Causes of hair loss
Are there other causes of hair loss?
Yes, many. Androgenetic alopecia should present as progressive hair loss in a predictable pattern, in the absence of other symptoms.
Signs that you should see a doctor are:
1) Hair loss which is rapid
2) Hair loss occurring in an unpredictable or irregular pattern (eg. Asymmetrical, patchy, or all over)
3) Additional symptoms, including but not limited to: general skin changes or rashes, pains in the joints or elsewhere, changes to your weight, or not feeling your usual self
4) If you’re concerned or want to start treatment – it is always better to be safe and see a medical professional if you have concerns
Other causes of hair loss (a non-exhaustive list):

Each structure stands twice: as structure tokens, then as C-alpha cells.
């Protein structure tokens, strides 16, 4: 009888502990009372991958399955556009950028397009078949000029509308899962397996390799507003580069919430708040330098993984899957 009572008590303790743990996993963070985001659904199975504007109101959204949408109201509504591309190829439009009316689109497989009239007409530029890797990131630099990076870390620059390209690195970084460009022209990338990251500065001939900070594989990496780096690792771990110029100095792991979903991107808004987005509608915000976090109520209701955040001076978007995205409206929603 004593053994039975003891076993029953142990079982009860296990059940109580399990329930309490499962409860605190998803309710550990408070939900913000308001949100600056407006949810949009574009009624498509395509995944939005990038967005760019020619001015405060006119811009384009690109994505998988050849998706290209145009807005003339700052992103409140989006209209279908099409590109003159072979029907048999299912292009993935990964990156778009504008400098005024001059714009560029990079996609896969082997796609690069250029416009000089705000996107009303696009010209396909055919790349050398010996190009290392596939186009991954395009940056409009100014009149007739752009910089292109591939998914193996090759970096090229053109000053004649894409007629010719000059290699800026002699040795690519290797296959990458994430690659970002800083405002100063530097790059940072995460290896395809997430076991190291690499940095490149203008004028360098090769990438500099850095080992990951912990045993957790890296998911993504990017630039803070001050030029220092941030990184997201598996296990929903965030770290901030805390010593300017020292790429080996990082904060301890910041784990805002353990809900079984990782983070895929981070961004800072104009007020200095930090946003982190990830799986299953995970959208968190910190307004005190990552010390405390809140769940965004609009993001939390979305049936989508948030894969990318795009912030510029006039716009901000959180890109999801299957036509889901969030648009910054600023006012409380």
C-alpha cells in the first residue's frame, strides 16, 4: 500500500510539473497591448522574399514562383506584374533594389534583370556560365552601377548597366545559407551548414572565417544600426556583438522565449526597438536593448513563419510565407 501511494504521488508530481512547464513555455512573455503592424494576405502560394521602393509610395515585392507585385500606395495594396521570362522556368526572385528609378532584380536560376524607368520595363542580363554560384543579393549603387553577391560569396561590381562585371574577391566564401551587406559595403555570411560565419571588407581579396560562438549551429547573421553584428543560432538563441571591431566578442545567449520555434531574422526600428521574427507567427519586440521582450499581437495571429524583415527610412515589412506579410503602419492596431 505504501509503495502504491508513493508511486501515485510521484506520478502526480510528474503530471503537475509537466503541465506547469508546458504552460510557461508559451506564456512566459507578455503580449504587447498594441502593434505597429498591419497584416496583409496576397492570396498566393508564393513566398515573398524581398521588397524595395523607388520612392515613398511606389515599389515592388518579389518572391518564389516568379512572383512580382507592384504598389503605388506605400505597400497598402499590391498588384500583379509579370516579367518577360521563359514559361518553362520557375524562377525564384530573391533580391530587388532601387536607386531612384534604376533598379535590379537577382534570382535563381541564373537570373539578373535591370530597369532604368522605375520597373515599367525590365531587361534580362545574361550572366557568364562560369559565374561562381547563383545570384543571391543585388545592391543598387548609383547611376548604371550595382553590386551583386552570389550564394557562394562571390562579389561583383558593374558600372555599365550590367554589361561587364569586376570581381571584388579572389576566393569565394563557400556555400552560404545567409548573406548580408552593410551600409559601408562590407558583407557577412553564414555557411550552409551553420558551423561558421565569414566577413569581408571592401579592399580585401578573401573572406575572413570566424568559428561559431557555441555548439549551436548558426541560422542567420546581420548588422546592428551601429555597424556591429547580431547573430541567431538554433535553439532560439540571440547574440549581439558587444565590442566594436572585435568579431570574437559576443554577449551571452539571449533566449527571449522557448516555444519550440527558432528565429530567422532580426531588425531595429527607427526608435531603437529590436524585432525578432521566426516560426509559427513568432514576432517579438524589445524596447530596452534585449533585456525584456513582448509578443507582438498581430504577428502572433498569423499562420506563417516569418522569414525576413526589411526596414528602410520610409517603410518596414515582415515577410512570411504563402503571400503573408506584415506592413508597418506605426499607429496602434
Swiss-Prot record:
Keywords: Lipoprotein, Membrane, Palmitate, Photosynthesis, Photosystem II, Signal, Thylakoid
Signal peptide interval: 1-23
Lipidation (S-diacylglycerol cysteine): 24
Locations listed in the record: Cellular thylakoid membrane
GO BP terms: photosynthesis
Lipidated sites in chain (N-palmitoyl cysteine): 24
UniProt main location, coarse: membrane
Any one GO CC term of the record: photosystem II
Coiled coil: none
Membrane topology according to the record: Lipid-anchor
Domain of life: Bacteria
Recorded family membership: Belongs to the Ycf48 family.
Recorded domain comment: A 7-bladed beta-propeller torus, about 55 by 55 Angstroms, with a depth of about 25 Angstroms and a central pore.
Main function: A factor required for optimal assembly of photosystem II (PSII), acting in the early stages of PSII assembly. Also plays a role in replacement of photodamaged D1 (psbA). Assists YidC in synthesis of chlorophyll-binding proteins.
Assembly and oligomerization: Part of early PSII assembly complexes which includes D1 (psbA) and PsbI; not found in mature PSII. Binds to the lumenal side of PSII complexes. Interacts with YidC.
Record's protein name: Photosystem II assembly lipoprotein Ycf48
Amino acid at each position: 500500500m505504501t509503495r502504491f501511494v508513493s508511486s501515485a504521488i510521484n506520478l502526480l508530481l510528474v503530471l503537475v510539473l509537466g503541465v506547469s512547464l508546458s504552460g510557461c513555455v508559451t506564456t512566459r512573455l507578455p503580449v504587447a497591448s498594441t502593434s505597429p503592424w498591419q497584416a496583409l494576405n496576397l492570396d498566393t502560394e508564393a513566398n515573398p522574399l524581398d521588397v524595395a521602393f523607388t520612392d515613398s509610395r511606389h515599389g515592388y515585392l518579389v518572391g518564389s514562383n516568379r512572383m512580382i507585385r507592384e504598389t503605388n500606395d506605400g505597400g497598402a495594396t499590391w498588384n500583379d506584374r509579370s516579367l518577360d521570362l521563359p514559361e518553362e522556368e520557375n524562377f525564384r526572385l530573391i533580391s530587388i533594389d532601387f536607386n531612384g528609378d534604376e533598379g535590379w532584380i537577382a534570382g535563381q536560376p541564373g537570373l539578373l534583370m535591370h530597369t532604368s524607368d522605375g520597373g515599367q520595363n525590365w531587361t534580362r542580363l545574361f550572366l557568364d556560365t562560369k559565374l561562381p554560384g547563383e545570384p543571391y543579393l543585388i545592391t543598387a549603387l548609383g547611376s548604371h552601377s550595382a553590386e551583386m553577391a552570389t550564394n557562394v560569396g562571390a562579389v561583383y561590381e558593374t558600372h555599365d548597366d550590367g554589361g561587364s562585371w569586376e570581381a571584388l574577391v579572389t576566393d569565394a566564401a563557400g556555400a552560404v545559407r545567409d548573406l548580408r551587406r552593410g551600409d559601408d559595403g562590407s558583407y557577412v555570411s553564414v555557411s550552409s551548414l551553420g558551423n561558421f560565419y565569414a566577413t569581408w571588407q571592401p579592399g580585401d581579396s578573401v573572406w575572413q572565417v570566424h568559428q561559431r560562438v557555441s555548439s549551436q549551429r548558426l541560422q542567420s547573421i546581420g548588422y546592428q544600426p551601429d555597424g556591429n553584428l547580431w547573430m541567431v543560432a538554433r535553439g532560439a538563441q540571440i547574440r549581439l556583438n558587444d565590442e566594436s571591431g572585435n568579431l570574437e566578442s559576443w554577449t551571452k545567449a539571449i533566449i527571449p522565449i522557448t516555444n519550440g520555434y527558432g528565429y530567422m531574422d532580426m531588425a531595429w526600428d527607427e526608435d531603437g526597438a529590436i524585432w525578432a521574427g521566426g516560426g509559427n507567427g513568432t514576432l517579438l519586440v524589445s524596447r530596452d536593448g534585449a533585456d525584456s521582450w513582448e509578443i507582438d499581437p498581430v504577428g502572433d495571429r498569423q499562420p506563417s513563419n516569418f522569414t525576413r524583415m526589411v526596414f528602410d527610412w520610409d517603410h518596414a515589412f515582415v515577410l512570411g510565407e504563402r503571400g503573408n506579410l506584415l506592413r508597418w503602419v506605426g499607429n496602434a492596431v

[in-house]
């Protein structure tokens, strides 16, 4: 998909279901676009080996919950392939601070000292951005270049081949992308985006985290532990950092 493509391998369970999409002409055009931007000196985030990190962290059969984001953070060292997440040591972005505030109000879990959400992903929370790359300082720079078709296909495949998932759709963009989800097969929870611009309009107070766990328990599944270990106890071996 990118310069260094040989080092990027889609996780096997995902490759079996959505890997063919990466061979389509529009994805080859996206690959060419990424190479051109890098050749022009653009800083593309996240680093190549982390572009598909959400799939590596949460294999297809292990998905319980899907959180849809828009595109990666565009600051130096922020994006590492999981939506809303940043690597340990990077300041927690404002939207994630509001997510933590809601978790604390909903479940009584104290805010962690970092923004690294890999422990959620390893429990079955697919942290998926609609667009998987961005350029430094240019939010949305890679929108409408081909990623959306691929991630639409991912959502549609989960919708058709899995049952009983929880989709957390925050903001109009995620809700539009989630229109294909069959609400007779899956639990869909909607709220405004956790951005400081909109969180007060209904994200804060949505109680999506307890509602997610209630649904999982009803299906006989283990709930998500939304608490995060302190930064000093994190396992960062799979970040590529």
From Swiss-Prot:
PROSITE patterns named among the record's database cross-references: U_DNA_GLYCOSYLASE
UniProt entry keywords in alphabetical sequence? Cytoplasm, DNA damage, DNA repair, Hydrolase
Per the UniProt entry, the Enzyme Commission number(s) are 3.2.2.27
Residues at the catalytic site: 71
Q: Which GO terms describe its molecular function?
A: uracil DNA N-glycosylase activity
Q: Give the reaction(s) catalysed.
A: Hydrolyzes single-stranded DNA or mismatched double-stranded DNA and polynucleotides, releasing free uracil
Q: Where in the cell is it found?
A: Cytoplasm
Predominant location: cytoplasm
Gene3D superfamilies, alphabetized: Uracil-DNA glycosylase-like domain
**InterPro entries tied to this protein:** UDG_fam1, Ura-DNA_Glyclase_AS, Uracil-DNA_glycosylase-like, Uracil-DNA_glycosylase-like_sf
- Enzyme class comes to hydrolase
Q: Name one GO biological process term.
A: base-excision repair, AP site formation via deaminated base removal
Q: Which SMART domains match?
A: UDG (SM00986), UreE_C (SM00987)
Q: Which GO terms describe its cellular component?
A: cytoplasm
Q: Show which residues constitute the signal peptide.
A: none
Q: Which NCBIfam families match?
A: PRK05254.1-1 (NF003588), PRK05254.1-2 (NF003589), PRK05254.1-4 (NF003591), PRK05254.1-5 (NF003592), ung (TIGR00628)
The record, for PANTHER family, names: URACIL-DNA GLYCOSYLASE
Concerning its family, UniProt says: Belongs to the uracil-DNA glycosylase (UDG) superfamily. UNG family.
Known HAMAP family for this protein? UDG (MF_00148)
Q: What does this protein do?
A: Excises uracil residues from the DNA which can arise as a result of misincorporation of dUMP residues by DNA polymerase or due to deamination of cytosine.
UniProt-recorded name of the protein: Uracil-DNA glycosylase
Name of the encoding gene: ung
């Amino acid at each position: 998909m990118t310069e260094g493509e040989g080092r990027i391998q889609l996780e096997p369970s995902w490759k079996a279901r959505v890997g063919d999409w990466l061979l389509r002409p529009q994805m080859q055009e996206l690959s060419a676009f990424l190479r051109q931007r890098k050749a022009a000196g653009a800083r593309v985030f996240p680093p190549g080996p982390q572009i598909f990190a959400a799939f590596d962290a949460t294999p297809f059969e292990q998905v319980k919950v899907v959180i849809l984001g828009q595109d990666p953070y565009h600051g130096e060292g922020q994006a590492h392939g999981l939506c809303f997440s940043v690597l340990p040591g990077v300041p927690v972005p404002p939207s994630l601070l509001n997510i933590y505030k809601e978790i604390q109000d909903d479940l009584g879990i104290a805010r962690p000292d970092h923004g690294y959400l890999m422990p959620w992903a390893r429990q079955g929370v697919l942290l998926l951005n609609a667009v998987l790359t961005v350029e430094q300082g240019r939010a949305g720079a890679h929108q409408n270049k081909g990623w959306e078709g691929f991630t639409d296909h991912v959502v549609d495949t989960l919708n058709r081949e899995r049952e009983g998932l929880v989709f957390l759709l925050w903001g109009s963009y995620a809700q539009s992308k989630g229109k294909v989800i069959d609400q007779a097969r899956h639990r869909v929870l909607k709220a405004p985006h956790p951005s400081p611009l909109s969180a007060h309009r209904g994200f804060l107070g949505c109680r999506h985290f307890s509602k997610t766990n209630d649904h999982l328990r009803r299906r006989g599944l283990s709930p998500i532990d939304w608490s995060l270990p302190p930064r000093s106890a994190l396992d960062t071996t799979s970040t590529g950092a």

1) Alopecia areata – when your immune system attacks your hair, resulting in patchy hair loss.
2) Alopecia totalis – when your immune system attacks your hair, resulting in total hair loss across the scalp
3) Alopecia universalis – when your immune system attacks your hair, resulting in in total hair loss across your head, eyebrows, eyelashes and entire body
4) Telogen effluvium – General shedding of the hair 2-3 months after a significant shock to the body, such as surgery, illness, extreme weight loss, accidents or psychological stress
5) Traction alopecia – hair loss caused by excessive strain on hair follicles from certain hairstyles, such as cornrows or extensions
6) Trichotillomania – caused by obsessive behaviours including pulling, twisting or tugging at one’s own hair
7) Scarring alopecia – as the name suggests, results in scars in place of the lost hair, and can be caused by a huge range of conditions such as psoriasis, systemic lupus erythematosus (AKA lupus) and lichen planus
8) Thyroid disorders
9) Medications – including but not limited to certain drugs used to treat cancer, heart problems, high blood pressure, gout and depression